Bass Connections Faculty Team Leader. ACRE-Duke Partnership to Improve Sanitation Access in Lowndes County, Alabama. 2018 - 2019

Projects & Field Work

Primary Theme: Energy & Environment

Over the past several years, stories of failing and inadequate water infrastructure in urban areas of the United States—most notably, the lead crisis in Flint, Michigan—have caught the attention of the media and the public. While attention has increasingly focused on the problem of dilapidated water and sanitation infrastructure in urban America, less attention has been paid to the ways in which the absence or poor quality of existing infrastructure can undermine health and economic opportunities in rural America. Lowndes County is illustrative of a host of social and environmental inequalities facing rural communities of color in the American South, including endemic poverty, lack of economic opportunity, hazardous health conditions and inadequate infrastructure. Only two municipalities in the county maintain centralized wastewater treatment plants, while the remaining rural population is served by on-site septic systems or lack adequate sanitation. Poor sanitation poses serious health risks. The Baylor College of Medicine found evidence of five tropical diseases, including hookworm (previously thought to be eradicated in the U.S.), in fecal samples from residents. Since 2014, Duke’s Human Rights Center at the Franklin Humanities Institute and the Alabama Center for Rural Enterprise (ACRE) have partnered to address the inadequacy of wastewater treatment infrastructure, which is an economic, racial and environmental injustice entrenched in many communities in rural, black America.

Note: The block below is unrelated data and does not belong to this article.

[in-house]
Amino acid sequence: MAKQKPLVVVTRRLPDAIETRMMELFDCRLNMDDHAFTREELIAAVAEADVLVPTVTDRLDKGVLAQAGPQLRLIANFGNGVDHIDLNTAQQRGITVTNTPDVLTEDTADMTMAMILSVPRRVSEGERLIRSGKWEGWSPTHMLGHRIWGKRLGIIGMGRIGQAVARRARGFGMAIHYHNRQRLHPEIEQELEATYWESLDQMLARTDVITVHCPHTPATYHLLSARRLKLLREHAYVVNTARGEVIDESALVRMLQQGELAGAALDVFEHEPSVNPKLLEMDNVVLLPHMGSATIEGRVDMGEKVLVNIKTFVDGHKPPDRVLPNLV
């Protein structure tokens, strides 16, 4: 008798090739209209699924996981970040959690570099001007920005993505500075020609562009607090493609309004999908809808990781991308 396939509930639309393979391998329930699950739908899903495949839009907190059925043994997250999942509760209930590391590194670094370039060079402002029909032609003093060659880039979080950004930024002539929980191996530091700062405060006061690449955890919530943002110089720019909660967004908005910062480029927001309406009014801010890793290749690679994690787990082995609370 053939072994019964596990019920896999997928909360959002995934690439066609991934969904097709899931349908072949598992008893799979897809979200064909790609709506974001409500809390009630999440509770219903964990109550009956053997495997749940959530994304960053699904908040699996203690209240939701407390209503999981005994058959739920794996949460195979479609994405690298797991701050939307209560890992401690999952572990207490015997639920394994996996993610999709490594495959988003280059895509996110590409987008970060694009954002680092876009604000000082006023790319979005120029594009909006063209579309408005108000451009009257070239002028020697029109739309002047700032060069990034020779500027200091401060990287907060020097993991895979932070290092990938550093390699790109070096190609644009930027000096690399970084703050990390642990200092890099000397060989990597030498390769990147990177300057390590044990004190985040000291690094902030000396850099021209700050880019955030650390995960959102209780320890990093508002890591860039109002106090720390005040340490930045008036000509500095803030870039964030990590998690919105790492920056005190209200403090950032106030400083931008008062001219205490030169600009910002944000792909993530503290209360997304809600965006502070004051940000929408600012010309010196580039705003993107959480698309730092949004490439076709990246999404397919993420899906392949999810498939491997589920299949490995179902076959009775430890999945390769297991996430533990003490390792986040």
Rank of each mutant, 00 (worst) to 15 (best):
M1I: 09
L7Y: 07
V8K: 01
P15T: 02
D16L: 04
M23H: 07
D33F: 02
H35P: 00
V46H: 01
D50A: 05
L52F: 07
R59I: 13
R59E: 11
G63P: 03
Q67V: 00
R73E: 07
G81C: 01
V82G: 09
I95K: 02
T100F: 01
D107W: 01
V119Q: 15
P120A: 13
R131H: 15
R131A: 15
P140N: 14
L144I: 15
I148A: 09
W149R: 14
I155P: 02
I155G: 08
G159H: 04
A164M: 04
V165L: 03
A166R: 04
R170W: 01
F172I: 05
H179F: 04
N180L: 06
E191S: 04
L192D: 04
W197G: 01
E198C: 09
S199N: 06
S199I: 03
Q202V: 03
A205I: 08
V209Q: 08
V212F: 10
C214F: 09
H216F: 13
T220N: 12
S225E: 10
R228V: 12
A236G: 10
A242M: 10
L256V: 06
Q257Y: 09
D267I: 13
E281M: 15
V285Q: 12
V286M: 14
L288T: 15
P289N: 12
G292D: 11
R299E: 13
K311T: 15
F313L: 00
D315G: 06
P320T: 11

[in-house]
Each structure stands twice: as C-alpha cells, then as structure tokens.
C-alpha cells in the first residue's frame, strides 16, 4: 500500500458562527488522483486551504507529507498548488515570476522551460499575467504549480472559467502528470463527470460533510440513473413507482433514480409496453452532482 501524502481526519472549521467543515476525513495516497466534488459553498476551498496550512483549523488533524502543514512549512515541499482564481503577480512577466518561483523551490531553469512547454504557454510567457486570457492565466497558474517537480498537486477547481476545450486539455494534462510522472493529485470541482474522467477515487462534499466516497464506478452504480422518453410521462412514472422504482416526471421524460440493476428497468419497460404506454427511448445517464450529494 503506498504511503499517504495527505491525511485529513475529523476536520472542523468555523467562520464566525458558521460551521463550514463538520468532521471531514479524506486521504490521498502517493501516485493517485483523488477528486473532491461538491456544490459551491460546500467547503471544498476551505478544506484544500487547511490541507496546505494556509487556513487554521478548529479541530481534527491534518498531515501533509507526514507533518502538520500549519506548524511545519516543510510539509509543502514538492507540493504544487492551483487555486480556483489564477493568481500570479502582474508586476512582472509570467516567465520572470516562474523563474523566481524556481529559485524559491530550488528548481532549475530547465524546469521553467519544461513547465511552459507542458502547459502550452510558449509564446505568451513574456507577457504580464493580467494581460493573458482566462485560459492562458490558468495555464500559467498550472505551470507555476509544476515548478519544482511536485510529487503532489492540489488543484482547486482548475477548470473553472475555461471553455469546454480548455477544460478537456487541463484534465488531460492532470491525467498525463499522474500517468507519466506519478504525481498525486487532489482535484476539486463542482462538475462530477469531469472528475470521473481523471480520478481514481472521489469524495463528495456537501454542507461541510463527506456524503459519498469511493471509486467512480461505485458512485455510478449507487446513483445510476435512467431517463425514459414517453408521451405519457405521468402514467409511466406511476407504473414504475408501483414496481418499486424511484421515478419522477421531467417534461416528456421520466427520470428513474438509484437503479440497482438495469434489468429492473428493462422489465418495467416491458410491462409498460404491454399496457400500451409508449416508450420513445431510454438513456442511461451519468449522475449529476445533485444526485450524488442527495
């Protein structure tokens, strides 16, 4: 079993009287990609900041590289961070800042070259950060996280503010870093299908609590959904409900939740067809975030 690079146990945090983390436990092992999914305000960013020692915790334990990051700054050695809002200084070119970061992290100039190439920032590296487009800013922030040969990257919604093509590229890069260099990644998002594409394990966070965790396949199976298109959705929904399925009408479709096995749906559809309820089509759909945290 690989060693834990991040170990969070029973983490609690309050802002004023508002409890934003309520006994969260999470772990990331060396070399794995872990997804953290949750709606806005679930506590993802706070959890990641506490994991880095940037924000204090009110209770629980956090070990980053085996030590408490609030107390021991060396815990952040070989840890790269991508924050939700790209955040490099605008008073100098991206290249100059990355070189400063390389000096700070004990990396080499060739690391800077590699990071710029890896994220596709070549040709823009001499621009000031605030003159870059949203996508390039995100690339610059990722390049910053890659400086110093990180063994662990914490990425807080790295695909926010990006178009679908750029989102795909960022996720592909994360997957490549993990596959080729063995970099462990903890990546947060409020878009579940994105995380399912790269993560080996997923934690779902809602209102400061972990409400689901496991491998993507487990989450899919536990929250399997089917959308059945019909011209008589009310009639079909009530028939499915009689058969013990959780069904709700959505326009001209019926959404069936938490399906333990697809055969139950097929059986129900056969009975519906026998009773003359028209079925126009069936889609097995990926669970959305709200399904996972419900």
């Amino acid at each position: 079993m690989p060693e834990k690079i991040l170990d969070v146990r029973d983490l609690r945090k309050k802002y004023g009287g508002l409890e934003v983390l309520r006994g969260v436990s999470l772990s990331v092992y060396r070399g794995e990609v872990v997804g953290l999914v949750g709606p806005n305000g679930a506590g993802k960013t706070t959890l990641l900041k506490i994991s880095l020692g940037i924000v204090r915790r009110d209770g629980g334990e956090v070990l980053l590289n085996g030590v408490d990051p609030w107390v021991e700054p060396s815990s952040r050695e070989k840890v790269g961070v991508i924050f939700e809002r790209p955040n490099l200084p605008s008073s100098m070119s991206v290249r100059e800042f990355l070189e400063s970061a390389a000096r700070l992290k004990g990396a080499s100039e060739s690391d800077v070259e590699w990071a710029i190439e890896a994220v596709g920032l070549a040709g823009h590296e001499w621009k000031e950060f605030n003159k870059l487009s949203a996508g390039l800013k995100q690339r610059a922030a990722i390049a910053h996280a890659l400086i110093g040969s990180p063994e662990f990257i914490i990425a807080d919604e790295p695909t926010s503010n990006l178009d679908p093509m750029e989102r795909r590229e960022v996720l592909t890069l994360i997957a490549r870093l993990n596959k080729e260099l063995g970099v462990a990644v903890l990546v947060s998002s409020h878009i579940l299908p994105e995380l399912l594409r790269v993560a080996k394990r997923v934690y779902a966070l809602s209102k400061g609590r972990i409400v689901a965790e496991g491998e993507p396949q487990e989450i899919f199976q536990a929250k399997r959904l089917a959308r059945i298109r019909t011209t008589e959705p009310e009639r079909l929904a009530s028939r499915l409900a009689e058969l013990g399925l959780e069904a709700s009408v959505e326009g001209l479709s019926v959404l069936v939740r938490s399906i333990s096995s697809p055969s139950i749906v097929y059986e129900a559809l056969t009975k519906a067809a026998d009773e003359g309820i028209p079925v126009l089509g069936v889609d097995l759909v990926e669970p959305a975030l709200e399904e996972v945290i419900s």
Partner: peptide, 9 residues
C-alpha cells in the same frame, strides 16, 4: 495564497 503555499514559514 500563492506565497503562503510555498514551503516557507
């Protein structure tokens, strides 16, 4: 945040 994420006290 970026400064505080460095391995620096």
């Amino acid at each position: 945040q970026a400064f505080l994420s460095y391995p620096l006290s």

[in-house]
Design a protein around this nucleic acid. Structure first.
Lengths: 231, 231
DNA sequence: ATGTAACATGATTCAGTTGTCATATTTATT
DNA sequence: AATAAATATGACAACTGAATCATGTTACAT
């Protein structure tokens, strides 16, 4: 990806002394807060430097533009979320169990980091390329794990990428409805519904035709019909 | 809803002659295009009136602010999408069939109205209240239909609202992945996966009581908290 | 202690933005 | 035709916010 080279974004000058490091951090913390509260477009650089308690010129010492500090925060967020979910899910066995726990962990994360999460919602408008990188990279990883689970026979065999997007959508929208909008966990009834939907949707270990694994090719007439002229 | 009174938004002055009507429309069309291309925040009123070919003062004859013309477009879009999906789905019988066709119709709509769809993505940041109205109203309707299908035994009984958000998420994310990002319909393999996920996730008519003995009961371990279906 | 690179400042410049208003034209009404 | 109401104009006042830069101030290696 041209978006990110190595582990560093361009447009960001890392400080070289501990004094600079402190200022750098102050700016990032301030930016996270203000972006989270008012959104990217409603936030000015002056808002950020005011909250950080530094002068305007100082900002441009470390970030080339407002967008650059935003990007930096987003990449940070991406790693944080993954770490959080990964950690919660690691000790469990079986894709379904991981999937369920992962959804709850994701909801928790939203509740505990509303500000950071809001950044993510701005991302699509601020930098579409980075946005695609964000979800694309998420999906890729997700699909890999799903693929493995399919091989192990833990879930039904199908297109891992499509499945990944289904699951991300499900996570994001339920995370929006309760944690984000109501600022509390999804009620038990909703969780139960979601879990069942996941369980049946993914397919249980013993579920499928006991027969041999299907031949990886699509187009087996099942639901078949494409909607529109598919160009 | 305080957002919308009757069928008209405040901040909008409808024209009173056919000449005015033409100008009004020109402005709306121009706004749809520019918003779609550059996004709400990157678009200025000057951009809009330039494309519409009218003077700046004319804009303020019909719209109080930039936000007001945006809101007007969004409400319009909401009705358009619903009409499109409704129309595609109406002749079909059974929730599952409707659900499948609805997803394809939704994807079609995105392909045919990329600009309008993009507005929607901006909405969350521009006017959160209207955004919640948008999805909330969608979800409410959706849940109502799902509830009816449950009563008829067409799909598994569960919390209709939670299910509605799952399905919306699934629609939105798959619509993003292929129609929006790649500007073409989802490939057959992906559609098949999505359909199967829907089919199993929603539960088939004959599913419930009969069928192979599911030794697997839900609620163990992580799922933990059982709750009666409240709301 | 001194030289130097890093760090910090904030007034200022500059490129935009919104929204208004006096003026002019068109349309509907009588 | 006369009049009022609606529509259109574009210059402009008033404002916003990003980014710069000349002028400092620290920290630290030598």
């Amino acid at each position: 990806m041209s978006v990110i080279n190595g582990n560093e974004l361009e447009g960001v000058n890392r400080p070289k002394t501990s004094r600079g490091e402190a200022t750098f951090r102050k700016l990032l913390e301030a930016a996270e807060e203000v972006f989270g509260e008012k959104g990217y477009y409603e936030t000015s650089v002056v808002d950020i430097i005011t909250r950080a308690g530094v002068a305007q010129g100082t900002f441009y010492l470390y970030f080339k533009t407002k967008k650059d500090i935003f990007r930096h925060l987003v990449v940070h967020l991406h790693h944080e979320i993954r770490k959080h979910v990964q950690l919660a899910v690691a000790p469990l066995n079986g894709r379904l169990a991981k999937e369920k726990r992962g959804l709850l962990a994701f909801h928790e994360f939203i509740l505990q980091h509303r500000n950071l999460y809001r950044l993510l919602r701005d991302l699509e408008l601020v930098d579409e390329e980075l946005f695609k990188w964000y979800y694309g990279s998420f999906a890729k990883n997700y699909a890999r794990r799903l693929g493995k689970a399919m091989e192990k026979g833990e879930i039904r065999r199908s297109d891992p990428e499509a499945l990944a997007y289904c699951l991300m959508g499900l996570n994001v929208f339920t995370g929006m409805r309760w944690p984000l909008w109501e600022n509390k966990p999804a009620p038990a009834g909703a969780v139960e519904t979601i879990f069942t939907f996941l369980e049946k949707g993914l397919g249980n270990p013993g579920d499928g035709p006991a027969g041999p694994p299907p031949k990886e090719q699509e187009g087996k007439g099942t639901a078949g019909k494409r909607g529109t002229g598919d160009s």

Service Performed By

  • Albright, Elizabeth A  Assistant Professor of the Practice in the Division of Environmental Sciences and Policy

Role

  • Bass Connections Faculty Team Leader

Date

  • 2018 - 2019

Service or Event Name

  • ACRE-Duke Partnership to Improve Sanitation Access in Lowndes County, Alabama

Geographic Region